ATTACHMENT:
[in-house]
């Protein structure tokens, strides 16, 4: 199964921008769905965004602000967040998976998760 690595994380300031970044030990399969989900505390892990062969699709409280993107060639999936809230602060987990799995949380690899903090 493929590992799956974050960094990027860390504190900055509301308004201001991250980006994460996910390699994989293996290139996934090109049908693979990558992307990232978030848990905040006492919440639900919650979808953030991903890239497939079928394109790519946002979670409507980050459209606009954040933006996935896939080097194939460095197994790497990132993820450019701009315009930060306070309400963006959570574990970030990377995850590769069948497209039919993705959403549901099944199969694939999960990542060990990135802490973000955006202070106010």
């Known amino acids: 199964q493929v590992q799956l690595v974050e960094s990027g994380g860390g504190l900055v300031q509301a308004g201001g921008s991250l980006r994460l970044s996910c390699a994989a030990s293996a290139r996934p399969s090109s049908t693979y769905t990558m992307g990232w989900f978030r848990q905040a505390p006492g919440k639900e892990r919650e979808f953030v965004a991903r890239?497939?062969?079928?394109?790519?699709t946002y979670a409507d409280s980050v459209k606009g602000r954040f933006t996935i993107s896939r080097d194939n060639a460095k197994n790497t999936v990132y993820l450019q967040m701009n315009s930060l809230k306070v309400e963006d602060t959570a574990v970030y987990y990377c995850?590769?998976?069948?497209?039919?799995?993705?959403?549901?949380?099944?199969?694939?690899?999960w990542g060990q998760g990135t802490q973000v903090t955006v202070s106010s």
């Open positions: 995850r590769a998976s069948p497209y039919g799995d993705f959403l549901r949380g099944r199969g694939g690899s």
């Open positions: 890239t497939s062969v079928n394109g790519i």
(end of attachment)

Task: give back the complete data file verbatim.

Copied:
[in-house]
């Protein structure tokens, strides 16, 4: 199964921008769905965004602000967040998976998760 690595994380300031970044030990399969989900505390892990062969699709409280993107060639999936809230602060987990799995949380690899903090 493929590992799956974050960094990027860390504190900055509301308004201001991250980006994460996910390699994989293996290139996934090109049908693979990558992307990232978030848990905040006492919440639900919650979808953030991903890239497939079928394109790519946002979670409507980050459209606009954040933006996935896939080097194939460095197994790497990132993820450019701009315009930060306070309400963006959570574990970030990377995850590769069948497209039919993705959403549901099944199969694939999960990542060990990135802490973000955006202070106010």
């Known amino acids: 199964q493929v590992q799956l690595v974050e960094s990027g994380g860390g504190l900055v300031q509301a308004g201001g921008s991250l980006r994460l970044s996910c390699a994989a030990s293996a290139r996934p399969s090109s049908t693979y769905t990558m992307g990232w989900f978030r848990q905040a505390p006492g919440k639900e892990r919650e979808f953030v965004a991903r890239?497939?062969?079928?394109?790519?699709t946002y979670a409507d409280s980050v459209k606009g602000r954040f933006t996935i993107s896939r080097d194939n060639a460095k197994n790497t999936v990132y993820l450019q967040m701009n315009s930060l809230k306070v309400e963006d602060t959570a574990v970030y987990y990377c995850?590769?998976?069948?497209?039919?799995?993705?959403?549901?949380?099944?199969?694939?690899?999960w990542g060990q998760g990135t802490q973000v903090t955006v202070s106010s």
């Open positions: 995850r590769a998976s069948p497209y039919g799995d993705f959403l549901r949380g099944r199969g694939g690899s």
């Open positions: 890239t497939s062969v079928n394109g790519i």